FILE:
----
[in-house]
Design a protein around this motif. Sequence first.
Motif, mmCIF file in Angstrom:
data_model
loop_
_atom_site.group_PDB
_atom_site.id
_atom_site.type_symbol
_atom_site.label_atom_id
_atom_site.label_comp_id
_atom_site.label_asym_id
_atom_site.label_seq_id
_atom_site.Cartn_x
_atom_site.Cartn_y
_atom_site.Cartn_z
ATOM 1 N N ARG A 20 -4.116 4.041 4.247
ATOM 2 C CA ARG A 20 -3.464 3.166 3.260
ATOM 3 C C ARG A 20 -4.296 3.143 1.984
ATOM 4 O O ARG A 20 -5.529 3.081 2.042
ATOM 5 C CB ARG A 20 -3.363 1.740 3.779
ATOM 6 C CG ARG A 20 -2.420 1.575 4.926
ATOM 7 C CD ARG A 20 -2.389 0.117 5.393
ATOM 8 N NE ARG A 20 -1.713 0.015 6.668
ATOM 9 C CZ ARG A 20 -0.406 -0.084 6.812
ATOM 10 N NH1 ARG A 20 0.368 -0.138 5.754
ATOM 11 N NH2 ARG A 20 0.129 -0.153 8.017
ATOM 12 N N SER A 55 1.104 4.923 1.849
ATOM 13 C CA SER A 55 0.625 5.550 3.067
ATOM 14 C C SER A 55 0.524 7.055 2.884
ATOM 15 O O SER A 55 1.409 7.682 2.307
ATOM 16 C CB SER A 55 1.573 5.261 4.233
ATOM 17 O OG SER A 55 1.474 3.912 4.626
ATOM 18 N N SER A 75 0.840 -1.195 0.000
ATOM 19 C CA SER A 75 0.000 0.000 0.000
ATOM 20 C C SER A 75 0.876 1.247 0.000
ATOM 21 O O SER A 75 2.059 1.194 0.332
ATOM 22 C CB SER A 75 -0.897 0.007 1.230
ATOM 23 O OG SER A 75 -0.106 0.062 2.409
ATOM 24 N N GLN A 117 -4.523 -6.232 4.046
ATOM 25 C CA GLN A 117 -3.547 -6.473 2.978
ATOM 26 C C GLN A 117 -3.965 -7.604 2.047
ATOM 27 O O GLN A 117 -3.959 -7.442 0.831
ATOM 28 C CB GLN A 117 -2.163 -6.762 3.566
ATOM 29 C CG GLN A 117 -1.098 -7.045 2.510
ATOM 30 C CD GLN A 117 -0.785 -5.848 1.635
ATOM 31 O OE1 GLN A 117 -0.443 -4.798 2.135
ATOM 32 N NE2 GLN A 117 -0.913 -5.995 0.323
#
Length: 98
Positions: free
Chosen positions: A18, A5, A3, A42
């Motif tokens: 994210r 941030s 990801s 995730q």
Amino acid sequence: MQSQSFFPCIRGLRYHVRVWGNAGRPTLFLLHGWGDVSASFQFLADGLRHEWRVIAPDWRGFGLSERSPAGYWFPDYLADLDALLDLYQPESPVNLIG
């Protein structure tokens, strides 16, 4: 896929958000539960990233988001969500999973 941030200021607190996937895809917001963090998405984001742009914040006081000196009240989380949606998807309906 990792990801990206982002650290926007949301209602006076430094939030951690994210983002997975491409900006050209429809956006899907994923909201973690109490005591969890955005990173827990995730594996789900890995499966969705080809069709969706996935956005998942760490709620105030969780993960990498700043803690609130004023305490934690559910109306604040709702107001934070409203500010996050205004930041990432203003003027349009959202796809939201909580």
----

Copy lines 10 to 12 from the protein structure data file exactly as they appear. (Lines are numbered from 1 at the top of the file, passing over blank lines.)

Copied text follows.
_atom_site.label_comp_id
_atom_site.label_asym_id
_atom_site.label_seq_id